“The appointment of Jim Murphy and his continued presence is an embarrassment to the party the members and democracy.”
The “appointment” of Jim Murphy was via a democratic vote in which he received the backing of the majority of the membership. Just to be clear. I’m not saying that means his “continued presence” is a given, but the idea that he was “appointed” unfairly is a complete crock. He was voted in. Those who cry “democracy” should remember what it means.
Well, isn’t this cosy…
As usual, none of you are facing the facts of the matter and the includes the lady responsible for this analysis.
1) the settled view of the Scottish people, I would guess about 70% at least, is positive towards Scottish independence. Now before you all reach for your off-the-shelf response to this (I.e. The referendum result suggests otherwise), most people I know and many ex labour supporters, more or less agree that the referendum was essentially rigged.
2) By rigged I mean through scaremongering and deception — the Vow that labour put its name to promised devo max and with that many people who, having been tenderised by the media and project fear, were reassured that voting NO would more or less still give us the increased autonomy that most of us wanted.
Now, until you face the above and the responsibility of your role in it, Scotland will hate you and reject you. You might poll well in places like Kinning Park and nursing homes, but that’s about it.
Great analysis Lesley thanks.
I wonder how many no voters from September the yes camp will win over to the cause by telling them that they were either:
Also, academic analysis demonstrates that yes lost due to general scepticism about the economy and currency. You call that scaremongering, which is fine, just don’t expect to convince many people who were motivated to vote no because of those things.
The vow was (a) not a new development, it was a ‘re-package of messages from the three BT parties that, for whatever reason, hadn’t gained enough traction and (b) on my reading entirely capable of being interpreted as being delivered upon entirely by Smith.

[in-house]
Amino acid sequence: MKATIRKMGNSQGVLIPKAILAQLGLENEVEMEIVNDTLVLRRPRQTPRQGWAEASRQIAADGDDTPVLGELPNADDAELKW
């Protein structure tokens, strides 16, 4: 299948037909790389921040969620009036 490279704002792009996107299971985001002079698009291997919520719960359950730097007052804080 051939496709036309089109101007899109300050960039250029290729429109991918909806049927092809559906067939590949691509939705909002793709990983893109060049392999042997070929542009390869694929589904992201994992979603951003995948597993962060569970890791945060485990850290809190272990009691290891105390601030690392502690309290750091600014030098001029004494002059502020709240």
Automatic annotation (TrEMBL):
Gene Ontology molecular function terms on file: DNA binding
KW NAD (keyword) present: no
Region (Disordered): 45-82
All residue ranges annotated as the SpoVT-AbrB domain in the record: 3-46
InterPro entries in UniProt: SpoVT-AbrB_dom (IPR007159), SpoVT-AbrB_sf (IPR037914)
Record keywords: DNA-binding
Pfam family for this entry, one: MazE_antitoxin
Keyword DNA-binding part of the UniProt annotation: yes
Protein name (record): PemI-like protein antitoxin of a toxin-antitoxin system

Analysis is interesting Lesley, but I’m not sure I would read too much into the manifesto up here this time. Imo the manifesto was spot on, as were the spending committments. Problem was lack of trust.
Last week felt cathartic for a lot of people, but it’s instructive how much genuine interest there is in where Labour goes next.
With new faces and talent, with a long way back, and with very little left to lose I expect we will like what we see from Scotlab over the next few years.
A focus on the culture of middle class bribery that predominates devolved politics, and a genuinely progressive alternative as to how to use the money, coupled with a brave recommendation on how to use the new tax powers for next year, would be a right good start I reckon.
Gerry, I hope you continue to be deluded, I really do, but we don’t need to guess at how many will be won over to the cause — the SNP just won 56 out of 59 seats at Westminster. Their support-base is growing, breaking records in fact.
It’s had to imagine the SNP being much stronger and Scottish Labour being much weaker although maybe in 2016 I will be pleasantly surprised on both accounts.
Now you mention that doubts about the economy played on the minds of those who voted No — that was the main aim of project fear, so thanks for confirming that you agree with one of my premises.
Go back and look carefully at what was offered in the Vow and by Gordon Brown. The clear impression was that it amounted to something like Home Rule or Devo Max. The smith commission doesn’t come close to offering those powers.
As long as you fail to accept the above, fail to take responsibility for the deception, and fail to accept that the majority want dramatically increased autonomy — I’d say 85% of the elctorate here are between the poles of Devo Max and full independence — your trajectory is going to continue downward.